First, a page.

Asymmetric Olefin Metathesis

Asymmetric Olefin Metathesis-83
We devised two separate routes for the conversion of b to the target molecule.

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The different levels of asymmetric induction observed in the formation of 6 versus 8 (69% and 92% ee) may be partly the result of such mechanistic intricacies.

The terminal olefin in 5 may be converted to ii ( generation of Mo-methylidene i, which is expected to be a more effective initiator (less sterically hindered) compared with the neophylidene precatalyst (see Scheme 1).

As shown in Scheme 4, reaction of diene 5, bearing a terminal olefin, proceeds to afford 6 in nearly the same yield and enantioselectivity as observed in the absence of the olefin additive (see Scheme 2 for comparison); none of the corresponding AROM/CM product (e.g., 14) is observed.

In contrast, diene 7 affords only triene 14, the product of a catalytic AROM/CM, in 98% ee and 85% isolated yield (see Scheme 2 for reaction outcome in the absence of styrene).

It merits mention that in this class of transformations reaction efficiency can be significantly affected depending on the stereochemical identity of the substrate, as exemplified by rapid polymerization of 9 (Scheme 3) (7).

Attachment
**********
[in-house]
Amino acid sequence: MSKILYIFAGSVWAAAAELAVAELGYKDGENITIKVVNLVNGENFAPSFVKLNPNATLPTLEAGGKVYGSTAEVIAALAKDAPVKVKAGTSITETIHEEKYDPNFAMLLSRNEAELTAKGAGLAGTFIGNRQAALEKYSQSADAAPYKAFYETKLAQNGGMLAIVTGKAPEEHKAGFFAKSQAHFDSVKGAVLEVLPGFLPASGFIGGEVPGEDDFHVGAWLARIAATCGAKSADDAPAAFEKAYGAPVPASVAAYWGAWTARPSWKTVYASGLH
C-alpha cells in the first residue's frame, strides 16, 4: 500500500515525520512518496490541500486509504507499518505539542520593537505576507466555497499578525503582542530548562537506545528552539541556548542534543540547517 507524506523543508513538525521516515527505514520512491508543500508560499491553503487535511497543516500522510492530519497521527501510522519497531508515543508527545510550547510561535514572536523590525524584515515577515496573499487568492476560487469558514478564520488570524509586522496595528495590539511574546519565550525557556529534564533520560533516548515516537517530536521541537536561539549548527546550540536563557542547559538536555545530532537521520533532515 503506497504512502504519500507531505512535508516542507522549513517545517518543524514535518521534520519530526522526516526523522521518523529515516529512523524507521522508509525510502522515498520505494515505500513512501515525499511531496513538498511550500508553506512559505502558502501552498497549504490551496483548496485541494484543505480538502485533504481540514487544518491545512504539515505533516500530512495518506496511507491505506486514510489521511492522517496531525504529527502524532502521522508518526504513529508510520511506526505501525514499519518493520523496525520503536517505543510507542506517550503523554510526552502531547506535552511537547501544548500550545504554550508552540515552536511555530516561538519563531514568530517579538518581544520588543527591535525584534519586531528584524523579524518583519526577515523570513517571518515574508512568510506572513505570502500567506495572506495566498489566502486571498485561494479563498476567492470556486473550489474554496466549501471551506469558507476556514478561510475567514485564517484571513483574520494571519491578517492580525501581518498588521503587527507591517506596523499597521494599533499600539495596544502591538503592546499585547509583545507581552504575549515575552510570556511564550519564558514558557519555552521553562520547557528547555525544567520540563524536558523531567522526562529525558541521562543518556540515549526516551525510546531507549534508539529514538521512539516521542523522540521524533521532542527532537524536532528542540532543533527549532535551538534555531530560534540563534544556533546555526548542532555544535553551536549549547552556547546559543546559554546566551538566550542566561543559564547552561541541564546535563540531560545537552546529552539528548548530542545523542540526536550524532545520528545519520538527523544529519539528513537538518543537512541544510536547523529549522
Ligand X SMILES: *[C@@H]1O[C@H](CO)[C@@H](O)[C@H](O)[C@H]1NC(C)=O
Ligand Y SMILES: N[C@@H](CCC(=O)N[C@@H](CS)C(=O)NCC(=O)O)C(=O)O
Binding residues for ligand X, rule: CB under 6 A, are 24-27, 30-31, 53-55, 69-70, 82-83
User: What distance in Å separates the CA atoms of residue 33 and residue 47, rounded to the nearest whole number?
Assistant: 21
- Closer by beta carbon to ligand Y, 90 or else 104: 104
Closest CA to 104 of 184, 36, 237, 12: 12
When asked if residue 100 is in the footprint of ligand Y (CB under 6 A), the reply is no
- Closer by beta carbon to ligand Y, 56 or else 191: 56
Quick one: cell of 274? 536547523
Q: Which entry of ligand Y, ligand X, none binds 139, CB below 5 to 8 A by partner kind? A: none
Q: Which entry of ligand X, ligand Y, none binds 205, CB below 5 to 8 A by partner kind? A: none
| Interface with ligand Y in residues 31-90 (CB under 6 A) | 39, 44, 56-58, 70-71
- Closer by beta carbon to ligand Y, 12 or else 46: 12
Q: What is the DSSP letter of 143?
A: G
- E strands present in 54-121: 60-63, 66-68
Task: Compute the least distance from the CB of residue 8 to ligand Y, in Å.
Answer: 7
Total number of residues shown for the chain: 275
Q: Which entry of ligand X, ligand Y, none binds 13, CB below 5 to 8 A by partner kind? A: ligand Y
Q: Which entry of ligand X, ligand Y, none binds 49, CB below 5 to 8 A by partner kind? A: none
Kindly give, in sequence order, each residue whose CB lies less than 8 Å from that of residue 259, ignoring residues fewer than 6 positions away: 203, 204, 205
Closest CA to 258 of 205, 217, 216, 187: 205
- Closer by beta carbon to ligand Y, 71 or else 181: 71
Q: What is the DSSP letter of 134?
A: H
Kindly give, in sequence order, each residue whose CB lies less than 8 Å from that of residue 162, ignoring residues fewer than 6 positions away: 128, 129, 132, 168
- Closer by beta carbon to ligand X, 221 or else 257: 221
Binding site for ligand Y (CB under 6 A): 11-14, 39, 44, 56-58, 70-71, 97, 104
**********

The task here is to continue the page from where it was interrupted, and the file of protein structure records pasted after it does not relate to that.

As the data in Scheme 3 illustrate (10 → 11), Mo-catalyzed tandem ROM/RCM can be effected to afford heterocyclic structures that bear a tertiary ether site (21).It is plausible that in the case of 5, the rapidly formed (7) benzylidene iv (Scheme 4) reacts with the substrate to regenerate styrene and affords terminal alkylidene v, which undergoes facile RCM to deliver 6.With substrates 7 and 15, which bear the more substituted and less reactive olefinic side chains, the catalytic cycle might commence with an AROM through reaction of benzylidene iv with the substrate to afford vi.Accordingly, use of catalytic metathesis as a stereochemistry-determining step in a total synthesis must be accompanied with effective strategies that allow for differentiation of the resulting olefinic sites.In the case of intermediate b (Scheme 5), differentiation of the terminal alkene from the cyclic disubstituted olefin was not expected to be particularly problematic, but in certain cases (e.g., 14 or 16 in Scheme 4), differential functionalization of various olefins may require highly regio- and site-selective methods.Through such protocols, optically enriched organic molecules can be prepared that cannot be easily accessed by alternative approaches.With the availability of various chiral catalysts and the enantioselective transformations that can be promoted by such complexes, we have recently begun to explore the utility of catalytic asymmetric metathesis in target-oriented synthesis.The resulting Mo-alkylidene may then react more readily with another molecule of styrene to afford 14 or 16 rather than participate in an RCM with the neighboring di- or trisubstituted alkene.Whether the five-membered chelate structure vi shown in Scheme 4, which is expected to cause lowering of reactivity of the Mo-alkylidene, plays a role in reducing the facility of ring closure in reactions involving the more substituted olefinic chains (i.e., 7 and 15) is unclear at the present time (internal chelation in v involves a less favorable four-membered structure).Similarly, products corresponding to CM of 6 with styrene are not observed.The difference in the outcome of reactions depicted in Scheme 4 may be attributed to a number of mechanistic factors.


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